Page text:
AIT trumpets Taiwan relationship during Independence Day celebration

The American Institute in Taiwan hosted a high-profile event to celebrate the flourishing Taiwan-US partnership

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(L-R) Vice President Chen Chien-jen and AIT Director Brent Christensen (Screen capture from AIT's Facebook page)

(L-R) Vice President Chen Chien-jen and AIT Director Brent Christensen (Screen capture from AIT's Facebook page)

TAIPEI (Taiwan News) — Celebrating the 243rd anniversary of the U.S.’s Independence Day at its recently inaugurated office complex on Monday (July 8), Brent Christensen, director of the American Institute in Taiwan (AIT), said the partnership between Taiwan and the U.S. continued to flourish.

“This has been a historic year for the U.S.-Taiwan relationship,” said Christensen at the de-facto U.S. embassy in Taiwan, which is also the first purpose-built facility by a foreign representative office in the island nation.

With several top Taiwan officials taking part in the event, the director said the bilateral partnership has continued to flourish as Taiwan and the U.S. commemorate the 40th anniversary of AIT and the Taiwan Relations Act (TRA) in 2019. Currently headquartered in Washington, D.C., AIT was established under the TRA, after the U.S. switched diplomatic recognition to China in 1979.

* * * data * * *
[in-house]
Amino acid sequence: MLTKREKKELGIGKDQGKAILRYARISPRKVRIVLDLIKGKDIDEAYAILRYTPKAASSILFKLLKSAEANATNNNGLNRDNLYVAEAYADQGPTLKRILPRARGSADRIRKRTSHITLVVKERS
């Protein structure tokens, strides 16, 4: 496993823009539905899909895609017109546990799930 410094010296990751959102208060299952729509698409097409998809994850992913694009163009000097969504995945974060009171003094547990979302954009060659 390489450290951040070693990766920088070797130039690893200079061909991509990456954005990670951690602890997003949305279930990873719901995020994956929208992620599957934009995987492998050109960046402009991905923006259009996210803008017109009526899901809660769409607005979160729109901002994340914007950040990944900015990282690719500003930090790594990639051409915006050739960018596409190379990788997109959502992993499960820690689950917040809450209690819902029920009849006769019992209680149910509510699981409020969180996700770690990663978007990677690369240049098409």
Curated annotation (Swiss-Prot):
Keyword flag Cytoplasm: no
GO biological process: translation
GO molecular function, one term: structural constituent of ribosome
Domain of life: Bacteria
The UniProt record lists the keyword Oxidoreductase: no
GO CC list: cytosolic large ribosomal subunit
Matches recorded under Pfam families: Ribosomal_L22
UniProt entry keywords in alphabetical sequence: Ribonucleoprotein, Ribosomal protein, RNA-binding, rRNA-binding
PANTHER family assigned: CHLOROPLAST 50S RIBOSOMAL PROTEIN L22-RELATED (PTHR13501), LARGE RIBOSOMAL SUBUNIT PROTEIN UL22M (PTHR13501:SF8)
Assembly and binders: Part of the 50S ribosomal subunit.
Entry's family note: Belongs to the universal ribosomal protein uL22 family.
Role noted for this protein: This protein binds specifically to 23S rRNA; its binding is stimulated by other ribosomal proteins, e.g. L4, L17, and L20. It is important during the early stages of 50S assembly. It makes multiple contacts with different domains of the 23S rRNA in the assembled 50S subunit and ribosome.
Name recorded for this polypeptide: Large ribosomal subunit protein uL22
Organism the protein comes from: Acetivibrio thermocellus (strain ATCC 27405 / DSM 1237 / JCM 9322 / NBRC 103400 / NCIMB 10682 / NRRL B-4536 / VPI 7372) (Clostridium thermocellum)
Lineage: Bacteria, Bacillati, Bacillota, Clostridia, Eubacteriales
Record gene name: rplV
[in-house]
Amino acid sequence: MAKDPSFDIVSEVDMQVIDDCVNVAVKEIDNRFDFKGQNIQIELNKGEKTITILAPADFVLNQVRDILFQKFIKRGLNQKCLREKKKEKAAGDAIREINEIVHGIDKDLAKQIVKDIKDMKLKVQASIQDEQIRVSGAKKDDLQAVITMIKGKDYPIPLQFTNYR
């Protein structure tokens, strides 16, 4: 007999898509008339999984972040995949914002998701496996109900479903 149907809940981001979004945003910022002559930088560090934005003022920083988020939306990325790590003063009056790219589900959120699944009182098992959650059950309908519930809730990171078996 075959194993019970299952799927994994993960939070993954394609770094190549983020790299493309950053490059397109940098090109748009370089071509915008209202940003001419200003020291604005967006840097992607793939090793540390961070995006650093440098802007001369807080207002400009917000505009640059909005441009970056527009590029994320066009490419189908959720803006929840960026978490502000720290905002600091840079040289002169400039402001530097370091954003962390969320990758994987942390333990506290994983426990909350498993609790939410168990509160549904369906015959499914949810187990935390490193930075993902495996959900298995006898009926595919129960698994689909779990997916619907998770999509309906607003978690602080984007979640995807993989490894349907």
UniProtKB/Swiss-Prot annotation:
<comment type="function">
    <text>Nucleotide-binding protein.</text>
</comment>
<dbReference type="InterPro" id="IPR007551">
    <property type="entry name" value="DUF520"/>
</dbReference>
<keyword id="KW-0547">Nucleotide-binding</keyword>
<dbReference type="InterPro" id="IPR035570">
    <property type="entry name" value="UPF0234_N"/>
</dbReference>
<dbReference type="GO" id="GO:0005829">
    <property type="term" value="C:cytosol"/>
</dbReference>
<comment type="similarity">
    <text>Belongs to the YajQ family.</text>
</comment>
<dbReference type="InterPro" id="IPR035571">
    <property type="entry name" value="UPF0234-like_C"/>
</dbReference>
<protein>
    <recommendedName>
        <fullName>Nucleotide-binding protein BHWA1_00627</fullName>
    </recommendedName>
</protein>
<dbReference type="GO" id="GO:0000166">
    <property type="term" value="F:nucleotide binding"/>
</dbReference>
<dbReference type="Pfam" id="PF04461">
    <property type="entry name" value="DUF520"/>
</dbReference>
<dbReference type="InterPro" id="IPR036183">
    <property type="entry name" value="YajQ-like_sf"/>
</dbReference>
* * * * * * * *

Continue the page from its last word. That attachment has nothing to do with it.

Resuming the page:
The two countries have collaborated closely, and bilateral trade and investment hit a record high last year, according to Christensen. While U.S. exports to Taiwan increased by 17.5%, Taiwan exports to the U.S. also grew by almost 8% compared to 2017, he added.

Christensen also said there were more than 1 million visits last year by Taiwanese to the U.S. and Americans to Taiwan, demonstrating how ties have strengthened. The number of Taiwanese travelers to the U.S. has increased by more than 60 percent since the U.S. launched its Visa Waiver Program in Taiwan in 2012. Meanwhile, the average daily number of U.S. visitors to Taiwan surpasses 17,000 people, said Christensen.

Emphasizing that Taiwan and the U.S. share common values such as freedom and democracy, Vice President Chen Chien-jen (陳建仁) said he looks forward to seeing further cooperation between the two countries. Taiwan is “proud” to guarantee freedom of expression, media, religion, and even marriage, declared Chen. The people of Taiwan have come a long way to be able to enjoy these freedoms and a democratic way of life, he added.